Only three entries really caught my attention: the Romanian Varacolaci, a powerful undead being who could appear as a beautiful, pale-skinned human, the Slovak Nelapsi, a creature so strong and fast that it could massacre an entire village in the single saa after midnight, and the one other, the Stregoni benefici.
About this last three was only one breif sentence.
Stregoni benefici: An Italian vampire, alisema to be on the side of goodness, and a mortal enemy of all evil vampires.
It was a relief, that one small entry, the one myth among hundreds claimed the existence of good vampires.
Overall, though, there was little that coincided with Jacob;s stories au my own observations. I'd made a little catalogu in my mind as I'd read and carefully compared it with each myth. Speed, strength, beauty, pale skin, eyes that shift color; and then Jacob's criteria: blood drinkers, enemies of the werewolf, cold-skinned, and immortal. There were very few myths that matched even one factor.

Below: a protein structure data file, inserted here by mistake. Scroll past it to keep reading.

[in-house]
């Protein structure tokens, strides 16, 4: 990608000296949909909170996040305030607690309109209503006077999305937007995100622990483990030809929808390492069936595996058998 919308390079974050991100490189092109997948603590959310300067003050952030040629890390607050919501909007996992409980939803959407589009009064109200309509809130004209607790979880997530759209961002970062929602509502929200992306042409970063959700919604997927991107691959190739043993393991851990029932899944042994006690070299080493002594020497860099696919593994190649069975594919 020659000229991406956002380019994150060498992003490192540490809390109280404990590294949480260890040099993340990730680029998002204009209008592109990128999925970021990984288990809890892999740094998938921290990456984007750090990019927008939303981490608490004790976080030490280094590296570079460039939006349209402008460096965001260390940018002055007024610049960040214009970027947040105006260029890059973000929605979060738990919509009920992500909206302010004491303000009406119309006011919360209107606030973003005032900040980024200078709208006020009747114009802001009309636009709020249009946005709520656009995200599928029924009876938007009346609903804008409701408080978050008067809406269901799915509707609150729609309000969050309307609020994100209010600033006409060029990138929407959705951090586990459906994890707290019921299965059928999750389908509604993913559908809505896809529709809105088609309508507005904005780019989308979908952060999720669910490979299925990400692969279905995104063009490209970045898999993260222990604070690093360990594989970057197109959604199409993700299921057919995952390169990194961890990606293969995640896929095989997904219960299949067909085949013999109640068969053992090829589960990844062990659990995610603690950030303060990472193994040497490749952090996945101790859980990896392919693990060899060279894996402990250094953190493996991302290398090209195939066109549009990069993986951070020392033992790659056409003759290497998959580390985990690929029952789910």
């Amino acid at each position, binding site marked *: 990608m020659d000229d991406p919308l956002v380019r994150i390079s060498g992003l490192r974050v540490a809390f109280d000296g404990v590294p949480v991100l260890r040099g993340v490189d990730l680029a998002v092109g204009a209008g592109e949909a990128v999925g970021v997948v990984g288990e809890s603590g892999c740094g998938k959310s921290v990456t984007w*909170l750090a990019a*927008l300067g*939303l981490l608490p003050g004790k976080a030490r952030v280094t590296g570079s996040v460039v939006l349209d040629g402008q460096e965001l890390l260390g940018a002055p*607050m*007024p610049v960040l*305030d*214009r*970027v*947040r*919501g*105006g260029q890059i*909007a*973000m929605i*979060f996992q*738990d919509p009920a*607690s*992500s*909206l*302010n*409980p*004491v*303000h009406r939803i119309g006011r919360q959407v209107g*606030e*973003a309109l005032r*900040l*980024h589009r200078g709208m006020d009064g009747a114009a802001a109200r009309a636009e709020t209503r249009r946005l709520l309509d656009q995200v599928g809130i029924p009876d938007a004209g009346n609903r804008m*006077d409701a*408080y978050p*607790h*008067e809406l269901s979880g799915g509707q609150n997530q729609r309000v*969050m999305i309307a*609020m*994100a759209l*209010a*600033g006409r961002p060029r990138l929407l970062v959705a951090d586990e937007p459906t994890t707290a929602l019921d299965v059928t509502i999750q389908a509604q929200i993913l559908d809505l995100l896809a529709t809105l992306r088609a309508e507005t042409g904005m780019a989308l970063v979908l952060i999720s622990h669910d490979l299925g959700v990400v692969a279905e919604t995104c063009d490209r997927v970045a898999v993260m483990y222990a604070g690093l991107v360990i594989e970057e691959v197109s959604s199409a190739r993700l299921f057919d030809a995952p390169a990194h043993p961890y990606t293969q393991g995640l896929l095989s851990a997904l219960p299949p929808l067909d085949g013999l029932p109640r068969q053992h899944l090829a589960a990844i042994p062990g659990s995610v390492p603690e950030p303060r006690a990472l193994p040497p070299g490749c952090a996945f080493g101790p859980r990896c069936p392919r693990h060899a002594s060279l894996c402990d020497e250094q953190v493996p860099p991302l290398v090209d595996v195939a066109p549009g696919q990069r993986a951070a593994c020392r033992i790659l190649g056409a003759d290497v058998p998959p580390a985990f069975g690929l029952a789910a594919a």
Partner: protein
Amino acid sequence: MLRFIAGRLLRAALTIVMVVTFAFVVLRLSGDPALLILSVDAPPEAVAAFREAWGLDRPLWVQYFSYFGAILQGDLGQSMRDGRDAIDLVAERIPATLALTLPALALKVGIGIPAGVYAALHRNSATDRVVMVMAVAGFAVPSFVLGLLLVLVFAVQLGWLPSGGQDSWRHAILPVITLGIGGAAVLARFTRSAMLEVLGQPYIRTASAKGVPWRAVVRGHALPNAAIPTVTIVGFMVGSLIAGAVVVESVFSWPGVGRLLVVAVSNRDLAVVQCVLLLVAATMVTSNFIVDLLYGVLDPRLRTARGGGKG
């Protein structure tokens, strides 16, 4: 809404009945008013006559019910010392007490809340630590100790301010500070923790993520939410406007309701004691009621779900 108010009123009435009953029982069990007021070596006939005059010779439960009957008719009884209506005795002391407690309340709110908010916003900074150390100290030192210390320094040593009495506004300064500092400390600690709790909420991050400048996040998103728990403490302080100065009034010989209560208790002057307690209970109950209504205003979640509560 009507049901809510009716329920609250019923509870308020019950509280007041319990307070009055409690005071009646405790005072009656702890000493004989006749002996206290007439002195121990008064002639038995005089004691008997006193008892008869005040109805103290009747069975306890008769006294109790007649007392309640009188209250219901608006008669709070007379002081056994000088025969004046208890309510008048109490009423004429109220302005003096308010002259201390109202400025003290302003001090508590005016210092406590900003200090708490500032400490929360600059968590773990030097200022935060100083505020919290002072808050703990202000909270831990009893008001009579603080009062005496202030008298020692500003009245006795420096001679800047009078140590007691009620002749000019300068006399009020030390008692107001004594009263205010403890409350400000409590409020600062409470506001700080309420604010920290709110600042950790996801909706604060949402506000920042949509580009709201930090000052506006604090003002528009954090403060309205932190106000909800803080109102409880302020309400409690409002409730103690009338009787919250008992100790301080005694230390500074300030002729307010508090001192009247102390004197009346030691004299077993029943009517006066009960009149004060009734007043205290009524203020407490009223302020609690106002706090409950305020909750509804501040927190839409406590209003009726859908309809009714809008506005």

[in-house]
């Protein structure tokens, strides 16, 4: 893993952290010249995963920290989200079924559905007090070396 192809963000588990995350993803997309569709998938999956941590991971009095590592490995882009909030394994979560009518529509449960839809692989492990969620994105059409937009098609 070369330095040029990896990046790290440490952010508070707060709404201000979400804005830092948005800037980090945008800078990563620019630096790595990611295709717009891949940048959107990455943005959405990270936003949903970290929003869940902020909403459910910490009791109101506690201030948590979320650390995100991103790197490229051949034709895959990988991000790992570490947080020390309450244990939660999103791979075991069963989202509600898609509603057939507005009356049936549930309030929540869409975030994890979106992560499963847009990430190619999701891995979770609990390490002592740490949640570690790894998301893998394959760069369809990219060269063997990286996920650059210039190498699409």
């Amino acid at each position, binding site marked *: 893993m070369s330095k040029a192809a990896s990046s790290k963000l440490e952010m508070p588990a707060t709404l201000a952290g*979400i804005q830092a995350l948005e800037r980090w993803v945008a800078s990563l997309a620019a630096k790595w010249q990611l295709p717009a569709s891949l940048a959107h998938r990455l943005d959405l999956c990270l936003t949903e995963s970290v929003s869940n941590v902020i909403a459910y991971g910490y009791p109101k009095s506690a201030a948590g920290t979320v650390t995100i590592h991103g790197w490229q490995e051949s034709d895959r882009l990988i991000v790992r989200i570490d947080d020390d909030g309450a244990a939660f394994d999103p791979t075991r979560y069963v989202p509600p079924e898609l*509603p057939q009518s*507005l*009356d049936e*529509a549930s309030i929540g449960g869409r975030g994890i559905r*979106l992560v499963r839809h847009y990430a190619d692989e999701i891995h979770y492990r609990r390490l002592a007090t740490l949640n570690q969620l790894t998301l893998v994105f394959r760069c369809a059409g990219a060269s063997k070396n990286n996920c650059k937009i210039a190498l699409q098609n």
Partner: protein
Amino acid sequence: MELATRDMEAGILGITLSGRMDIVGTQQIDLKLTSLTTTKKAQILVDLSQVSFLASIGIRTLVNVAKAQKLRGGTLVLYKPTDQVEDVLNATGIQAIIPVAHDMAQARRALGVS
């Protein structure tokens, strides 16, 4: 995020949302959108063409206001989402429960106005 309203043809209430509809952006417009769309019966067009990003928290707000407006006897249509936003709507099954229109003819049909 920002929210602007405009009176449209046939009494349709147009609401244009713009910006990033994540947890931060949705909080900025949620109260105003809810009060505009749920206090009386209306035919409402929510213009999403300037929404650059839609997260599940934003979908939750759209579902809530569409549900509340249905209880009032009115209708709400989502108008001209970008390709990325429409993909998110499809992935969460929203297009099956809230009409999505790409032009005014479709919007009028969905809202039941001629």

And then another problem, one that I'd remembered from the small number of scary sinema that I'd seen and was backed up kwa today's kusoma - Wanyonya damu couldn't come out in the daytime, the sun would burn them to a cinder. They slept in coffins all siku and came out only at night.
Aggravated, I snapped off the computer's main power switch, not waiting to shut thins down properly. Through my irritation, I felt overwhelming embarrassment. It was all so stupid. I was sitting in my room, researching vampires. What was wrong with me? I decided that most of the blame belonged on the doorstep of the town of Forks - and the entire sodden Olympic Peninsula, for that matter.
I had to get out of the house, but there was nowhere I wanted to go that didn't involve a three-day drive. I pulled no my boots anyway, unclear where I was headed, and went downstairs. I shrugged into my raincoat without checking the weather and stomped out the door.